Power strips are long and wobbly. Worse, overtime their cords twist and start flipping the strip around if it is not anchored. Not a particularly good designs in general and really not suited for a desktop.

You might simply want a two outlet and two outlet power strips are rare to non-existant. 
dlewisa (author)  gudenuf2 years ago
Where's the fun in that?
gudenuf dlewisa2 years ago
Very true - and compliments on a very well presented instructable!. I think somebody else commented that it might be useful to add a USB socket, so that it is universal.
pmil11972 years ago
do you think you could use an old extension cord??
dlewisa (author)  pmil11972 years ago
Yes, but . . . you'd want it to have the three prong plug on the end of it and you'd want to know the gauge of the wire inside it. The one I used was 16gauge and stated that it was suitable for 13 amps.
penrodja2 years ago
Brilliant! Simply Brilliant!
mattglas2 years ago
Wouldn't this overload the original socket and be a fire hazard?
dlewisa (author)  mattglas2 years ago
Only if your wall outlet looks like the mess you see in A Christmas Story or Christmas Vacation. As long as you're not trying to run a shop vac or power saw out of the desktop outlet as well as running a table saw out of the wall outlet you'll be fine. Little devices like phones and gizmos don't take that much power.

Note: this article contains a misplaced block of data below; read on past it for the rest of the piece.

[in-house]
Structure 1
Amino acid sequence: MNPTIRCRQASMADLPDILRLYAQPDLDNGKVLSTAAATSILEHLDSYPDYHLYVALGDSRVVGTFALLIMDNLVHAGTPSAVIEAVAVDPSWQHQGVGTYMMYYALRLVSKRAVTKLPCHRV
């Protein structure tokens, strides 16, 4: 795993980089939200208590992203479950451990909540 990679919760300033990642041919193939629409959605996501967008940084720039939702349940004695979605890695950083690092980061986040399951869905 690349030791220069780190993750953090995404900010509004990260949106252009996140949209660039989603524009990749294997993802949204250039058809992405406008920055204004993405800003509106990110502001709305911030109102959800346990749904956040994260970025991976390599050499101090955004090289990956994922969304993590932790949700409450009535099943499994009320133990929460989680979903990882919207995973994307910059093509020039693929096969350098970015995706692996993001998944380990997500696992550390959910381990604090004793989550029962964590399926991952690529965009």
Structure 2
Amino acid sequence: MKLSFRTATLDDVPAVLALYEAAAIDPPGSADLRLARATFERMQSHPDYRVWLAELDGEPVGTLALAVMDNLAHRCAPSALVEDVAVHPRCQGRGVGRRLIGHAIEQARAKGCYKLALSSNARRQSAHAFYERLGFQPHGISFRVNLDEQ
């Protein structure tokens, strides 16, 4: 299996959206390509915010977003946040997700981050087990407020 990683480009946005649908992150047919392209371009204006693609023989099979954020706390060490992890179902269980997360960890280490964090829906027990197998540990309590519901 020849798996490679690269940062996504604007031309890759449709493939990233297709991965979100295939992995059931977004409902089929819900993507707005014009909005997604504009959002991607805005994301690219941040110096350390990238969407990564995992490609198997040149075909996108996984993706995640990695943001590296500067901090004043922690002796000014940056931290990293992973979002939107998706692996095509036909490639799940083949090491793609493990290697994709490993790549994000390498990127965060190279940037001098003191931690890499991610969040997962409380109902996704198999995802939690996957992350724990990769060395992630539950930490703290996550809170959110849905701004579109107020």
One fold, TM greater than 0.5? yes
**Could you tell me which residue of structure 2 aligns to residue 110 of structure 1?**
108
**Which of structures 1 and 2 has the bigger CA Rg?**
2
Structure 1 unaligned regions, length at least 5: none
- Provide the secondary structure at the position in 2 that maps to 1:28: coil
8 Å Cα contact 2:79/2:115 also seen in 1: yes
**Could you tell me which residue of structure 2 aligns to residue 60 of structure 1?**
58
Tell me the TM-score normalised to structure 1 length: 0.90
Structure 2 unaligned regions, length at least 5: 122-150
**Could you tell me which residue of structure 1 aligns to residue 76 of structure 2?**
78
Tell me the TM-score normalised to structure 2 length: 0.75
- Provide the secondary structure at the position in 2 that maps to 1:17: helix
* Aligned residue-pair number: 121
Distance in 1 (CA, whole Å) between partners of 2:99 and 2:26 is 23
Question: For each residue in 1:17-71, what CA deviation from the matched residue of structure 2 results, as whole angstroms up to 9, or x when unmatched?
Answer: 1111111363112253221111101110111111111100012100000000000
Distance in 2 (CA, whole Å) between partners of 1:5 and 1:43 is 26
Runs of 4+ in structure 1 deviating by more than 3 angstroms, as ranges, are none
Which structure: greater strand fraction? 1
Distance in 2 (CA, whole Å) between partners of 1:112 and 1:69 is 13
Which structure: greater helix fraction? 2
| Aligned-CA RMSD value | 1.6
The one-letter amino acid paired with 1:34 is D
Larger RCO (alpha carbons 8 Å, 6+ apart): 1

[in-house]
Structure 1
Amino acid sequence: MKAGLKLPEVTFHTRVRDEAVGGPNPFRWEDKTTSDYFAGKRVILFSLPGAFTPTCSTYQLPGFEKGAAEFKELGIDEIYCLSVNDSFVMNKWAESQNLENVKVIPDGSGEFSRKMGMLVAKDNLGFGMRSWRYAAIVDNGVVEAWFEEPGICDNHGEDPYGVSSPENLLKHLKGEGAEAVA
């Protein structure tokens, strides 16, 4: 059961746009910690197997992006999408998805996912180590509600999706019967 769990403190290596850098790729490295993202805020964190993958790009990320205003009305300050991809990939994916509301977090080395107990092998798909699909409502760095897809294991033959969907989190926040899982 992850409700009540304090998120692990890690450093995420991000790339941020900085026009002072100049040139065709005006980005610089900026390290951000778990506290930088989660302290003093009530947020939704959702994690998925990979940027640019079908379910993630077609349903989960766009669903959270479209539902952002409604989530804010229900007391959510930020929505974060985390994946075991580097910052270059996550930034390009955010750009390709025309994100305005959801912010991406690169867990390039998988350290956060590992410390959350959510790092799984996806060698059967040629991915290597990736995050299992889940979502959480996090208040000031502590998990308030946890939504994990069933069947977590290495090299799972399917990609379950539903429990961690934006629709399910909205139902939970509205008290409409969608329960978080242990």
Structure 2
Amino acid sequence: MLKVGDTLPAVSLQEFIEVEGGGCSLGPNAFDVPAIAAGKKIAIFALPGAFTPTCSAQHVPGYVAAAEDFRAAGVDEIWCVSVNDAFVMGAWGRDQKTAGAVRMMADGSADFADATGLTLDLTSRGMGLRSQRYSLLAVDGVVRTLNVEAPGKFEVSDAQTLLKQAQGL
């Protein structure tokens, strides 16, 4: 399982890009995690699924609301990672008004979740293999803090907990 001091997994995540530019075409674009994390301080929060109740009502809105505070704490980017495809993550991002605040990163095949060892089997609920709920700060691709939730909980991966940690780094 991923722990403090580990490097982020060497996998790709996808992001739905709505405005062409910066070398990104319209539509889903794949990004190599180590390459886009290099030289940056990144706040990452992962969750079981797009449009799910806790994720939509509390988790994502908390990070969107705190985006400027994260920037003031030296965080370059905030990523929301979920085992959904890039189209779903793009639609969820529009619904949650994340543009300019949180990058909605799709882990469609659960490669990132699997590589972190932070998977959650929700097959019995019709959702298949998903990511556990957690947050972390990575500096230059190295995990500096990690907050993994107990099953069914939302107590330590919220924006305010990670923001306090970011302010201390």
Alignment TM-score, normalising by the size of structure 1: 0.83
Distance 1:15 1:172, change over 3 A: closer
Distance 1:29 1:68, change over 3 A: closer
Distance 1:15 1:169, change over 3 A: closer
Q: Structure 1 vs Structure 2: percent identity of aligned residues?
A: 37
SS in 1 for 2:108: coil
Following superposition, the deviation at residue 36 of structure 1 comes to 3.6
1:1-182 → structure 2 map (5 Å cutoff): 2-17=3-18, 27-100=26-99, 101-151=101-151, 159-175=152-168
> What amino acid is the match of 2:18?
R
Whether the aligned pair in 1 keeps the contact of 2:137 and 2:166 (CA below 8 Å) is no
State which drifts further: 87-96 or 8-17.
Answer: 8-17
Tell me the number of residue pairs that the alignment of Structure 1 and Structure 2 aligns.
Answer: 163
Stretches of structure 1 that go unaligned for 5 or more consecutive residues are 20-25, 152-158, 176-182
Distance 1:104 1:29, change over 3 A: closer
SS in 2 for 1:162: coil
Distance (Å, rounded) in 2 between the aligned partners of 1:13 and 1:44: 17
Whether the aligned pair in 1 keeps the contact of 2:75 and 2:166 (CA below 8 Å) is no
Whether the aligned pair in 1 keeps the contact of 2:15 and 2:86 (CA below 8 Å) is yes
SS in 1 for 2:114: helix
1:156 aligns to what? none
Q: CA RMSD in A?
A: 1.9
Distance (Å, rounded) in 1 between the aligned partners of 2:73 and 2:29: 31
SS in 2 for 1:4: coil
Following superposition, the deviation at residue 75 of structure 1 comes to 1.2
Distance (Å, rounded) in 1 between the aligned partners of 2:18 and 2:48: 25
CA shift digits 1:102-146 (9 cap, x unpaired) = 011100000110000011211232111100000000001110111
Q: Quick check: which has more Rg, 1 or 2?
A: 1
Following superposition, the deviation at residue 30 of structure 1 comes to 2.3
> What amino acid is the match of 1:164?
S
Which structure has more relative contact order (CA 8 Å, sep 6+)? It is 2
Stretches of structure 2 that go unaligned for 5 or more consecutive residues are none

I guess it would also depend on how much you have loaded on the circuit breaker for the room as well, but again, as long as you're not trying to run 8 televisions you're okay.
Lowriderpr2 years ago
Fantastico,very nice job :)
rsmaudsley2 years ago
I did something similar to this many years ago when I was a computer consultant. My client was a lawyer and an absolute minimalist, almost to the point of being an illness.

Any ways, I built an electrical outlet in to the top of his desk using a recessed outlet with spring covers that closed over the sockets when not used.

He would plug his laptop in to it, but when clients came over, he'd put his laptop in the drawer and put a potted plant over the socket so you couldn't see there was anything there.

So why the spring closing doors over the socket, if he's just going to put the potted plant over it, because the potted plant when home with him at night because he only had the one plant. Why have two plants when you can never be in two places at the same time was his I said, almost an illness.

dlewisa (author)  rsmaudsley2 years ago
Wow. That's . . . wow.

I thought about those pop up outlets, but I didn't want to put holes in my counter top. The desk top actually is a laminate counter and I had them give a finished edge to both sides of it in case I scratched up the side nearest to me. Someday I could just turn it around and have a new surface and the rest would be covered by monitors and stuff.